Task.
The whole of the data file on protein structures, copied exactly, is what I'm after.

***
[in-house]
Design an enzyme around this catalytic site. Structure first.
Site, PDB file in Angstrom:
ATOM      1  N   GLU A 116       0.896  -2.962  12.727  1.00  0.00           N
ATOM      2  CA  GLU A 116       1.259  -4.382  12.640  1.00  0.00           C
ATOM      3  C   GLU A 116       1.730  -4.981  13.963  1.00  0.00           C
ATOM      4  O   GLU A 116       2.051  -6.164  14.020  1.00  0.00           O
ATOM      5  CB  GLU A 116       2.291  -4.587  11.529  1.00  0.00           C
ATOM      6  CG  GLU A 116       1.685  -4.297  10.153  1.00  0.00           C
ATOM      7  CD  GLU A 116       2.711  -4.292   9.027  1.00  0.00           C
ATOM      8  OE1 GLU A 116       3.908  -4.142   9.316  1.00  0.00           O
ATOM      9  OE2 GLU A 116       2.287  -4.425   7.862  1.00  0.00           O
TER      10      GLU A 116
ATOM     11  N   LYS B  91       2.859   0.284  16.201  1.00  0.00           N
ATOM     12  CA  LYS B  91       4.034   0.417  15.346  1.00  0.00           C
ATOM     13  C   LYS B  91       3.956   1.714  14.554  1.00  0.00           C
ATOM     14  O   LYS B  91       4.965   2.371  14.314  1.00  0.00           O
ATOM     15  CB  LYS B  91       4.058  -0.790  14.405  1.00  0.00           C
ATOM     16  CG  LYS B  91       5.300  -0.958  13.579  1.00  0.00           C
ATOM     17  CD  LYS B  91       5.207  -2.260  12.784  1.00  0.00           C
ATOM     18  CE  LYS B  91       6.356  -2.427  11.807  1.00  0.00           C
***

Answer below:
[in-house]
Design an enzyme around this catalytic site. Structure first.
Site, PDB file in Angstrom:
ATOM      1  N   GLU A 116       0.896  -2.962  12.727  1.00  0.00           N
ATOM      2  CA  GLU A 116       1.259  -4.382  12.640  1.00  0.00           C
ATOM      3  C   GLU A 116       1.730  -4.981  13.963  1.00  0.00           C
ATOM      4  O   GLU A 116       2.051  -6.164  14.020  1.00  0.00           O
ATOM      5  CB  GLU A 116       2.291  -4.587  11.529  1.00  0.00           C
ATOM      6  CG  GLU A 116       1.685  -4.297  10.153  1.00  0.00           C
ATOM      7  CD  GLU A 116       2.711  -4.292   9.027  1.00  0.00           C
ATOM      8  OE1 GLU A 116       3.908  -4.142   9.316  1.00  0.00           O
ATOM      9  OE2 GLU A 116       2.287  -4.425   7.862  1.00  0.00           O
TER      10      GLU A 116
ATOM     11  N   LYS B  91       2.859   0.284  16.201  1.00  0.00           N
ATOM     12  CA  LYS B  91       4.034   0.417  15.346  1.00  0.00           C
ATOM     13  C   LYS B  91       3.956   1.714  14.554  1.00  0.00           C
ATOM     14  O   LYS B  91       4.965   2.371  14.314  1.00  0.00           O
ATOM     15  CB  LYS B  91       4.058  -0.790  14.405  1.00  0.00           C
ATOM     16  CG  LYS B  91       5.300  -0.958  13.579  1.00  0.00           C
ATOM     17  CD  LYS B  91       5.207  -2.260  12.784  1.00  0.00           C
ATOM     18  CE  LYS B  91       6.356  -2.427  11.807  1.00  0.00           C